Rough sex, incels and cyber stalking - why Laura Whitmore tackled tough topics for new show

Rough sex, incels and cyber stalking - why Laura Whitmore tackled tough topics for new show

LAURA WHITMORE has investigated the dark side of rough sex, incels and cyber stalking for a new series tackling some of society’s most controversial topics.

Born in Dublin but raised in Wicklow, the now London-based star returned to her journalistic roots for Laura Whitmore Investigates, a three-part series which airs this week on ITV2.

She took time out to explain what drew her to the topics and why it is important that we talk about them.

How did the series come about and why were you initially drawn to the project?

This has been a long time coming and a space I wanted to work in again.

I was first approached on the subject of incels by Rumpus Media and it was soon after a horrific tragedy happened in Plymouth with a man called Jake Davison, who had been seen talking on incel blogs.

I’d seen the words mentioned in articles online but I wasn’t really familiar with exactly what it meant or the community or the growing online phenomena.

We started working on that and then the idea grew into other films covering the other issues that we wanted to explore.

As we investigated incels and how to navigate the online world, that’s where we learned more about cyber-stalking and rough sex and decide to investigate those too.

It naturally evolved as we started making it.

You have a background in journalism, is it something you are keen to return to?

I started my career in a newsroom, which I both loved and hated simultaneously, because news is very rarely positive but also very important.

So, the newsroom is something which I’ve learned from. I’ve always loved asking questions. I get to ask a wide range of people questions, from working at MTV, interviewing musicians and actors to, further on in my career, interviewing politicians, and there’s always the same key elements involved, no matter who you are interviewing. I enjoy storytelling, in all its forms, so I was happy to go back to it.

I wasn’t sure if I was cut out to be full time in a newsroom because I find it quite emotionally exhausting because I get quite attached to stories which is something that a lot of my friends who work full time in newsrooms and news networks have to remove themselves from. But I think in documentary making its ok to be a bit more emotive, which is a bit different than doing full time news.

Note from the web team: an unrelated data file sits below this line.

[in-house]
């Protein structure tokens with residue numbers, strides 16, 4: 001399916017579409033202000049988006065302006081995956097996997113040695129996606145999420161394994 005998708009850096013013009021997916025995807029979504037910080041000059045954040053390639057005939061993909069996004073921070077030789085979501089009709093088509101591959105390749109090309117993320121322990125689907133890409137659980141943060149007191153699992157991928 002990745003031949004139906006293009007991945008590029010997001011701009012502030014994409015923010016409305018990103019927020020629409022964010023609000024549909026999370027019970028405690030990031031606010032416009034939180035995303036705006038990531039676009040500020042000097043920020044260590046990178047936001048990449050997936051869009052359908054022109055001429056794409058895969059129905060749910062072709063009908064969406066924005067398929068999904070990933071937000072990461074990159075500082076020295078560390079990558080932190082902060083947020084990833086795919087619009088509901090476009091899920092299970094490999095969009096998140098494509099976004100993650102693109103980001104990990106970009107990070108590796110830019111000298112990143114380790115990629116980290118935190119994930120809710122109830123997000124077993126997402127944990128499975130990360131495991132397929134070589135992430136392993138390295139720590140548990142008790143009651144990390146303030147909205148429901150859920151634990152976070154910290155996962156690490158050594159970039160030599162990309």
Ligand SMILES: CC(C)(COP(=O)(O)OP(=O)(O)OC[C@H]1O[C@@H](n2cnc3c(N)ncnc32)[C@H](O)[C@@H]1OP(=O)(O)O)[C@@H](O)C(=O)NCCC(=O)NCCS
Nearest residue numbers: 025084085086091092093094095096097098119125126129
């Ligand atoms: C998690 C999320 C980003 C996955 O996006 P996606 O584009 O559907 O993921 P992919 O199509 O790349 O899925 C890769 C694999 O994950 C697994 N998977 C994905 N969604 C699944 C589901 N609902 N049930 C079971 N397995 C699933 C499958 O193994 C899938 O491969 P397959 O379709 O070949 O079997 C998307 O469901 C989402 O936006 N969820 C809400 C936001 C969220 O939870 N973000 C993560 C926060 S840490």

The subject matters of the episodes could be considered controversial and quite dark, which may surprise viewers who know you best as an entertainment presenter, was that a deliberate choice?

I feel like, from the outside, I might seem like an unusual person to be hosting these shows, I also feel like I’m probably to best person to do it because of who my audience are and I’d like this to be watched by a range of people, particularly females of my age or maybe the following I have from all the shows I’ve worked on.

And I think it’s important to constantly challenge yourself and other people around you and that has been a deliberate choice to challenge.

Laura Whitmore Investigates is available to stream now on ITVX

How did you approach the interviews and was getting access difficult?

I was surprised by how many people I got to talk to me.

We’re always very honest. I think giving people time and also getting to places. I travelled a lot, I went to six states within five days, and sometimes when people agree to talk to you, you have to go to them straight away in case they change their mind.

I think I try to approach interviews with a lot of empathy but also try to not go in with any judgement. I think when I was interviewing victims’ families, it’s just giving them space to talk because sometimes they feel like they haven’t been listened to or heard.

So doing something as simple as listening is huge and I would never try to go in there with, necessarily a card of questions, I just go in there and have a conversation and see where it takes me.

I also was very aware that we were dealing with people who have suffered a lot of trauma and this is the first time I have worked on a show where I have had counselling and I know the victims have been offered it as well, before and after their interviews and kind of checking back in is very important, afterwards, especially when the show goes out.